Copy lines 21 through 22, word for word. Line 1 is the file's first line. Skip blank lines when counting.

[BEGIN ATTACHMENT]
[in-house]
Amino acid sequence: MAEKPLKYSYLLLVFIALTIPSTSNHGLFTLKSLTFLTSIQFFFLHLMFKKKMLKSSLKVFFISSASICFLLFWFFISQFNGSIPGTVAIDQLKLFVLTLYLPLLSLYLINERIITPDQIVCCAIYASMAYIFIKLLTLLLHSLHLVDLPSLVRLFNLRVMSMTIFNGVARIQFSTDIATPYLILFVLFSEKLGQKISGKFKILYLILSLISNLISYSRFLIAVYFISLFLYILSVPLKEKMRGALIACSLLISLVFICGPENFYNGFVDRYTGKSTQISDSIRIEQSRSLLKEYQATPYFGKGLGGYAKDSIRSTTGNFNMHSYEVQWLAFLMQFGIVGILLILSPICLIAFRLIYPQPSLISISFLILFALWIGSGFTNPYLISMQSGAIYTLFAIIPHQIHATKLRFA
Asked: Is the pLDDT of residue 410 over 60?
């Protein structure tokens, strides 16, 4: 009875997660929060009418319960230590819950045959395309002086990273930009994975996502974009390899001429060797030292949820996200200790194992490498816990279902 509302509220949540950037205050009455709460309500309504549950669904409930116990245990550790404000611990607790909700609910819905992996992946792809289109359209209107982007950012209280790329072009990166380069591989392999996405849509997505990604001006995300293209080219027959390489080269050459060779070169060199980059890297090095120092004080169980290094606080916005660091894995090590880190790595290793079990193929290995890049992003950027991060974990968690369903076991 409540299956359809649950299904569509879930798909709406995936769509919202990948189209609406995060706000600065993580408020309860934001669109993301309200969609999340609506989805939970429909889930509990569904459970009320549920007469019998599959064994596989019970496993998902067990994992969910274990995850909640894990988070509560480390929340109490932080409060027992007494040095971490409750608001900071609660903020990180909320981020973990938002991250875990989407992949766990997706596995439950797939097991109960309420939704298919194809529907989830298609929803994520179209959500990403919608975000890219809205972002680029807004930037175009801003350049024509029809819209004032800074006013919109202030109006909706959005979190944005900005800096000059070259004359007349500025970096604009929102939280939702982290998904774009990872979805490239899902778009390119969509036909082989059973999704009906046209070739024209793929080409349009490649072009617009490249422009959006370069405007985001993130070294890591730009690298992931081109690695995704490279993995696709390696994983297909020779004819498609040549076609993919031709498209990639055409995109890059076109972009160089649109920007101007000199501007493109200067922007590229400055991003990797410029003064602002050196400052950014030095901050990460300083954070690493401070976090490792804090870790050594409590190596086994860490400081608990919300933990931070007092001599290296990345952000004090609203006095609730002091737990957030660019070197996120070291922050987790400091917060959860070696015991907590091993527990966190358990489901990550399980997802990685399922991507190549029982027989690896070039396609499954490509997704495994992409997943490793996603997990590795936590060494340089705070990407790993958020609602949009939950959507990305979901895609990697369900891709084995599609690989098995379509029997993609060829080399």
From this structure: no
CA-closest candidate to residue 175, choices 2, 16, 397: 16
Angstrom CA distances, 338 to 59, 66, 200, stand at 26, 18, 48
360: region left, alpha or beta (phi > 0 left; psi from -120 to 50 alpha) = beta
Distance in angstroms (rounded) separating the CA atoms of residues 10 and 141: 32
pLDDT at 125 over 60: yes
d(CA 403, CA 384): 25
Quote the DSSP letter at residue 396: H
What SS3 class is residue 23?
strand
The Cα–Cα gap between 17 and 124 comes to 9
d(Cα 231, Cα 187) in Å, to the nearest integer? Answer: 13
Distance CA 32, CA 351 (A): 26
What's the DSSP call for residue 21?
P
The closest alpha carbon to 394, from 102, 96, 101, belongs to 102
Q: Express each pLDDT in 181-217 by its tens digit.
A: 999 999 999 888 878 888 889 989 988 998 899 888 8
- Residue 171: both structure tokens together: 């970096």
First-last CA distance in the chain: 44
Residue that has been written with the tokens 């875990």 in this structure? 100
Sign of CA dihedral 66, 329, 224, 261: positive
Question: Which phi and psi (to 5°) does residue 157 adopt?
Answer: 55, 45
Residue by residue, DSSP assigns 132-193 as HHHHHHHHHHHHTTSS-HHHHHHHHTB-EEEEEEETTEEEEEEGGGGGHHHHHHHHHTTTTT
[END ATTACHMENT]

Q: Express each pLDDT in 181-217 by its tens digit.
A: 999 999 999 888 878 888 889 989 988 998 899 888 8